If there’s one thing that clients of money managers can’t stand, it’s showing a loss at year’s end. And if there’s one thing that money managers can’t stand, it’s losing clients. But with the major equities markets going absolutely nowhere in 2018 so far – or worse yet, showing a loss – a Santa Claus rally isn’t just optional anymore; it’s mission critical at this point.

Between the S&P 500, the NASDAQ, and the Russell 2000, the S&P 500 has been the most benign of the three in recent weeks and months. But it’s not showing a profit, and that’s cause for concern among fund managers as time runs out in 2018:

Courtesy of macrotrends.net

With less than a month and a half remaining and no sign of the recent market volatility letting up, the home stretch will be challenging for those with a vested interest in showing a year-end profit. Clients have been spoiled with returns averaging 8 to 10 percent over the years – and for those who got in after the bottoming of the 2008-2009 global meltdown, they’re accustomed to even greater returns than that.

Squeezing out 8 to 10 percent, or even 5 percent for that matter, from the S&P 500 by year’s end with so little time remaining would be a tall order in any market conditions. To make matters worse, there’s little indication that either the United States or China will concede or compromise in a trade war that just keeps going, month after month.

Furthermore, the same tech stocks that have almost single-handedly held up the broader market indexes have experienced a sharp decline in recent weeks, as valuations and price-to-earnings ratios finally start to reflect the actual values of these companies. It doesn’t require a market technician to see that the NASDAQ is in correction mode at the moment:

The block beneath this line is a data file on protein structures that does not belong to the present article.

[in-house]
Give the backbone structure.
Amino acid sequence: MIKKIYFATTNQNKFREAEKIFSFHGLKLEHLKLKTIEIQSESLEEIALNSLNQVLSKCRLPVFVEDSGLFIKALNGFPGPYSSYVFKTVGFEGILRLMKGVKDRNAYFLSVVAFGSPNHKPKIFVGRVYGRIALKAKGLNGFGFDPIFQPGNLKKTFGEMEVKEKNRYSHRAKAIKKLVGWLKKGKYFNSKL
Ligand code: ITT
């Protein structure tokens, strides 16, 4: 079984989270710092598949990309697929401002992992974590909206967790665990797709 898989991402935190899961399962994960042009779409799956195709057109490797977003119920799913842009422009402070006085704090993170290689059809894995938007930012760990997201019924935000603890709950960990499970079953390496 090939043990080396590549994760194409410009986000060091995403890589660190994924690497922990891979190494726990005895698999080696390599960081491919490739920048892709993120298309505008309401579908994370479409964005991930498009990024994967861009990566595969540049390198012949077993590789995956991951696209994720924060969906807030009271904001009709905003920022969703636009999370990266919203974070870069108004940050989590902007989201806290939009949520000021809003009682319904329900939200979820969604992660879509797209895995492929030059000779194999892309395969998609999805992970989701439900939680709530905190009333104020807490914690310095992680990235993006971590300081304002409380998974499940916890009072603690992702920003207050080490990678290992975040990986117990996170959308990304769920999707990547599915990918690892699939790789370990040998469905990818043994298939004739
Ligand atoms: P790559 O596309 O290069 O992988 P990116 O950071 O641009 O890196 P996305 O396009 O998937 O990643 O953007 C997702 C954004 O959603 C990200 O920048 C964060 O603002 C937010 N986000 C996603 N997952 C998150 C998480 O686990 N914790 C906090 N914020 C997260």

Courtesy of macrotrends.net

Market bulls were counting on earnings blowouts this season, but the actual results have been less than stellar: Apple didn’t go to the moon, Facebook has been puking, and NVIDIA suffered a nosedive of epic proportions. With most technology stocks already having reported their third-quarter earnings, that bus has already left the station and won’t be back in time to save investors in 2018.

It’s also worth looking at the index that some analysts and investors tend to ignore, but shouldn’t: the Russell 2000 index, which tracks the performance of a large sampling of small-cap stocks in the U.S. This particular gauge ought not to be ignored, as it can provide an indication of the overall health of the markets and the economy itself.

Taking a glance at the chart of the Russell 2000, we can see that it’s negative for 2018 so far. That’s not a healthy sign, but perhaps even more telling is how vicious and precipitous the decline was:

Courtesy of macrotrends.net

That’s not what a robust, confidence-inspiring market looks like to me. Unless Santa Claus arrives early and bears gifts like we haven’t seen in many years, I wouldn’t count on a last-minute stick save this year. To me, it’s just another sign that the decade-long bull market is getting long in the tooth and is, frankly long past the point of exhaustion.